My friend Alice Little Grevet, who lives in Paris (lucky Alice!), came up with this recipe title.
Alice is one of those people who frequently paste the word “Gooooooooaaaaaal!!!” on their Facebook pages at this time of year.
Like many people living in the United States, I am following the World Cup only peripherally —primarily by watching British humorist John Oliver’s commentary on The Daily Show with Jon Stewart.
I’m impressed (but not enough to watch an entire match) that the U.S. team actually appears to be holding its own in the competition—so far, at any rate—but not in any arrogant fashion.
Rooting for the U.S. in the World Cup is rather like rooting for the Red Sox in the good old days when they lost all the time. It’s genteel.
My fruit cup is also relatively genteel, I hope. It is the only international fruit cup recipe I have, given to me years and years ago by a Spanish woman living in France.
I’ve written here before about Paris en Films, the film festival organized by my honorary godmother, Dagny Johnson. During my first summer working with the festival we were housed in a one-bedroom apartment on the Avenue Victor Hugo in Paris.
Despite its relative paucity of rooms the apartment was quite grand, with panels of mirrors on the walls that made it appear even grander. We rented it from a Spanish nobleman. Our landlord owned a building in Paris so that he could stay there from time to time and watch marathon features of pornographic films, which were banned in Franco’s Spain.
I found this bizarre. I guess it’s no odder than keeping an apartment in Paris so one can eat the food or go to the museums or look at the gorgeous city, all of which sound perfectly rational to me. But I was a very naïve teenager.
Through this nobleman Dagny found our cook/housekeeper, Nieves Garcia. Madame Garcia’s husband worked at the Spanish Embassy.
Madame Garcia was a perky suicide blonde who seemed to have a perpetual smile on her face. She wasn’t actually a terrific cook (she had only about four dishes in the repertoire she served our guests), but she had an aura about her that defied anyone to criticize her culinary talents.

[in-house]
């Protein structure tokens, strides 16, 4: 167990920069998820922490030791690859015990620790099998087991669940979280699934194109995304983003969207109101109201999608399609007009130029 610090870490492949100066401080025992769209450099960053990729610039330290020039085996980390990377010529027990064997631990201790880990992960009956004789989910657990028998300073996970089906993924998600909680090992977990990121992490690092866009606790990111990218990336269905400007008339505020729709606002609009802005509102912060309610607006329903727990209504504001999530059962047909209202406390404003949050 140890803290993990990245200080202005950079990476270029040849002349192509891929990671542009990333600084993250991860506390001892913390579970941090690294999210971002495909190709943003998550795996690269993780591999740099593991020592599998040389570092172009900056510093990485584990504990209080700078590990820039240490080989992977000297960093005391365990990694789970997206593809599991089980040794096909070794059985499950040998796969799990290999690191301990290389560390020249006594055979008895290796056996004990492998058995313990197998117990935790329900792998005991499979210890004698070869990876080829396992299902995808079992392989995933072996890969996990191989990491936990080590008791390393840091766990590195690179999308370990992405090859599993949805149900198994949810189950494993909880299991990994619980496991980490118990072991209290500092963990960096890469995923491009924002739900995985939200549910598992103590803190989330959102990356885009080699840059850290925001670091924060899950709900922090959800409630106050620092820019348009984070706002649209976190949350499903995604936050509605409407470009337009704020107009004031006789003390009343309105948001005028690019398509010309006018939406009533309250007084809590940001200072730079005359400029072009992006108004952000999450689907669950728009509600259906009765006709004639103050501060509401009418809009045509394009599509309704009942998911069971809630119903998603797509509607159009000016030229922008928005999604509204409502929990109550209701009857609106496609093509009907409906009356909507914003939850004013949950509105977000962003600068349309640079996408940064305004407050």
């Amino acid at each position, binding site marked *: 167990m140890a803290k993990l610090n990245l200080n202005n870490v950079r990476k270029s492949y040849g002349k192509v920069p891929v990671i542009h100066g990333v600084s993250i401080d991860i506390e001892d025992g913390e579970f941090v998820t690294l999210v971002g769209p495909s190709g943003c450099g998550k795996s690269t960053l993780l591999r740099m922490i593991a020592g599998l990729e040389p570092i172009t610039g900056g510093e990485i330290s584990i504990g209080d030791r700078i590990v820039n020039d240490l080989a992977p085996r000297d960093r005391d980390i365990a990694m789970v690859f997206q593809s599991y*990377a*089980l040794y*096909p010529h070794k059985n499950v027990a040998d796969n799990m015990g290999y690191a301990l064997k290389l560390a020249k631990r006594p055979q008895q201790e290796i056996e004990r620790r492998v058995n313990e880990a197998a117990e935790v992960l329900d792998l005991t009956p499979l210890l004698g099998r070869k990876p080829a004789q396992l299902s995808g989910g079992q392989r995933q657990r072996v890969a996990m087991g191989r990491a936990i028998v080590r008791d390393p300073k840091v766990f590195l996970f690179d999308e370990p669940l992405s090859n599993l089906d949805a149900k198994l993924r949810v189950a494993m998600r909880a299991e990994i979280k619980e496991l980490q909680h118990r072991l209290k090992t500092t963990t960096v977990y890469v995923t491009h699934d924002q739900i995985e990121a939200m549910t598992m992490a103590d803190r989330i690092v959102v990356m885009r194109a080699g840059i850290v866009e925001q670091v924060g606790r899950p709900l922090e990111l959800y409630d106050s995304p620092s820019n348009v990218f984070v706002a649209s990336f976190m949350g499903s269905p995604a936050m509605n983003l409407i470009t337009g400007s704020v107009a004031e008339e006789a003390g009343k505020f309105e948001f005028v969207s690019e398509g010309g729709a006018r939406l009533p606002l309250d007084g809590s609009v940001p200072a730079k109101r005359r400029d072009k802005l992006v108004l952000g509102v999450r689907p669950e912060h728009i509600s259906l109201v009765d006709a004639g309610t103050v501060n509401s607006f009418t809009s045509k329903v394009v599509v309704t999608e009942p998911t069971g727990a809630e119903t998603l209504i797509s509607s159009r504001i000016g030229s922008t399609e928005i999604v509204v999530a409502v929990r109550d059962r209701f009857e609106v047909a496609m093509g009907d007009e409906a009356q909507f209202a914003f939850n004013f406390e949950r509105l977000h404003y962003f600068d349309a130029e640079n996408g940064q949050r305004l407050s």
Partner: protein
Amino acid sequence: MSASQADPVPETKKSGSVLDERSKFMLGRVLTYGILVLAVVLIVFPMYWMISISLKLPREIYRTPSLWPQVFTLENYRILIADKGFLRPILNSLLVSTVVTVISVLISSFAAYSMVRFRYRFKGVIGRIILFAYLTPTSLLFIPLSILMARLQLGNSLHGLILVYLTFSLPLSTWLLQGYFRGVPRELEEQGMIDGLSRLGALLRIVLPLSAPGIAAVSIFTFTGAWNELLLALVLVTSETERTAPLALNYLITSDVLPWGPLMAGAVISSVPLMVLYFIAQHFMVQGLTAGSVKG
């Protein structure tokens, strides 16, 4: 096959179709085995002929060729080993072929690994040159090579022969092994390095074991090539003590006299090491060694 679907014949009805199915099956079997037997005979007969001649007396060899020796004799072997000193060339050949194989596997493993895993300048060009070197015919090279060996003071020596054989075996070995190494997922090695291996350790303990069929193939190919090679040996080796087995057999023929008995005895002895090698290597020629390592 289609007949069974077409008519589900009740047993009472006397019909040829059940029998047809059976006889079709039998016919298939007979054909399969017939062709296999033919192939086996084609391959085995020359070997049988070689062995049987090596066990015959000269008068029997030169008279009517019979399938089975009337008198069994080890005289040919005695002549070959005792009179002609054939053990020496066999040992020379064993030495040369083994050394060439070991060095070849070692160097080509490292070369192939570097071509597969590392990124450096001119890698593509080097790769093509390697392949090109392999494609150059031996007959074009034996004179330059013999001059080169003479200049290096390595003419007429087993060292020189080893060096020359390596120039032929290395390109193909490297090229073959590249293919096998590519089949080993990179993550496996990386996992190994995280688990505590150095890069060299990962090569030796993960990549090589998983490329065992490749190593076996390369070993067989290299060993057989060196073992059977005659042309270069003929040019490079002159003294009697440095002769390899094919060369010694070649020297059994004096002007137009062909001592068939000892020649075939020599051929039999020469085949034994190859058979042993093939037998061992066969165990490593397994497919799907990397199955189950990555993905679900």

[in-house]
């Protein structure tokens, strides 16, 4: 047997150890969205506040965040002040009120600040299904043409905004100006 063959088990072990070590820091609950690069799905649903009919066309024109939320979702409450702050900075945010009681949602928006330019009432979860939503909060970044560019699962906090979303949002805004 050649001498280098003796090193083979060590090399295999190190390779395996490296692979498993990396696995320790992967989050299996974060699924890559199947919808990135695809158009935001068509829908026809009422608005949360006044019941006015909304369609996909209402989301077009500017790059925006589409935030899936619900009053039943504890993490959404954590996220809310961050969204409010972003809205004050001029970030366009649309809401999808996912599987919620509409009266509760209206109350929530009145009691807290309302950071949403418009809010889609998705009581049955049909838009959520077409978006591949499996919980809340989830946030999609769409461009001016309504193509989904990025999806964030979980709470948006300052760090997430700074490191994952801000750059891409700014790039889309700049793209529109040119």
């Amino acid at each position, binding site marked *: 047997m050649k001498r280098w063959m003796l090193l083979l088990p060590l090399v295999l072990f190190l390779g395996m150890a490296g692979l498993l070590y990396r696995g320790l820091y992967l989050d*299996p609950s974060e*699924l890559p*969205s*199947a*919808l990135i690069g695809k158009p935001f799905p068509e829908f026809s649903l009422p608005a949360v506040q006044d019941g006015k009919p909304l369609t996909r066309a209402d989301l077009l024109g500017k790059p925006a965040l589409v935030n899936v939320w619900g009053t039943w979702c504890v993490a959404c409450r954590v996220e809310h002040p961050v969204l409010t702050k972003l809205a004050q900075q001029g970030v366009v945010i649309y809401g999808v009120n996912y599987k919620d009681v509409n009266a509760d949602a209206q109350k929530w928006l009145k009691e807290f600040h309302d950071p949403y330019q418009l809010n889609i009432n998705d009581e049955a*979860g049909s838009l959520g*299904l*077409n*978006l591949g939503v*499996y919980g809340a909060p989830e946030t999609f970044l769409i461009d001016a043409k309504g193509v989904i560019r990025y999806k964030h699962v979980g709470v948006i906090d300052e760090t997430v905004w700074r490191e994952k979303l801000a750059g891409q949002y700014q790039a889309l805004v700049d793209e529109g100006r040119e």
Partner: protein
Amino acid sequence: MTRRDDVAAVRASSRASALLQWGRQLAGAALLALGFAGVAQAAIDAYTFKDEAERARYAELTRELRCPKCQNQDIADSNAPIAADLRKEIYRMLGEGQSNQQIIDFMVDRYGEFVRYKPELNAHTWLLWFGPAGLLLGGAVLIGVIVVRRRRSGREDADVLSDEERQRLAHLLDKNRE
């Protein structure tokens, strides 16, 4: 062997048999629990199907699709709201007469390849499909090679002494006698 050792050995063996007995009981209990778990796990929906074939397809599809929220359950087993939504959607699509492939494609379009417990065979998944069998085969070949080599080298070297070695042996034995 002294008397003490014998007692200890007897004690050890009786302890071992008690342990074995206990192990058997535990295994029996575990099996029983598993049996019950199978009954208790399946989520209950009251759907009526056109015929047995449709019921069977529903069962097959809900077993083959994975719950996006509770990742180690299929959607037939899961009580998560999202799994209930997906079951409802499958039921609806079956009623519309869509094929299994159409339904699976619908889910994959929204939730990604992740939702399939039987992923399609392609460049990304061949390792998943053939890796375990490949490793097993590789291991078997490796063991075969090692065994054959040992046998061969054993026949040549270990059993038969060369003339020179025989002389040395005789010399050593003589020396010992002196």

My favorite among Madame Garcia’s kitchen creations was her signature fruit cup.
She used whatever fruit was at hand and gave it a little extra zip with sugar, orange juice, and anise liqueur.
In honor of Madame Garcia and of soccer players everywhere I offer her recipe. I tried to find international fruits and juices when I tested it this week. Unfortunately, the only exotic fruits available at my local general store were bananas.
Feel free to add any international fruits you can find—and perhaps to substitute some Brazilian cashew juice (if you can find that) for the o.j.
Although you may of course use another liqueur in place of the anise I counsel against it. The licorice taste contrasts nicely with the sweetness of the fruit and really makes this dish.
Your guests may well yell “Gooooooooaaaaaal!!!” as they eat.
6 cups assorted fruit
2 tablespoons sugar (or to taste)
2 tablespoons orange juice (or to taste)
2 tablespoons anise liqueur (or to taste)
Place the fruit in a pretty bowl. Measure out the remaining ingredients in the order in which they appear above.
Allow the fruit to marinate for at least 15 minutes. Serves 6.
Tags: Alice Little Grevet, Football Recipes, Fruit Cup, fruit salad, International Fruit Cup, International Fruit Salad, Nieves Garcia, Paris en Films, Soccer Recipes, World Cup Recipes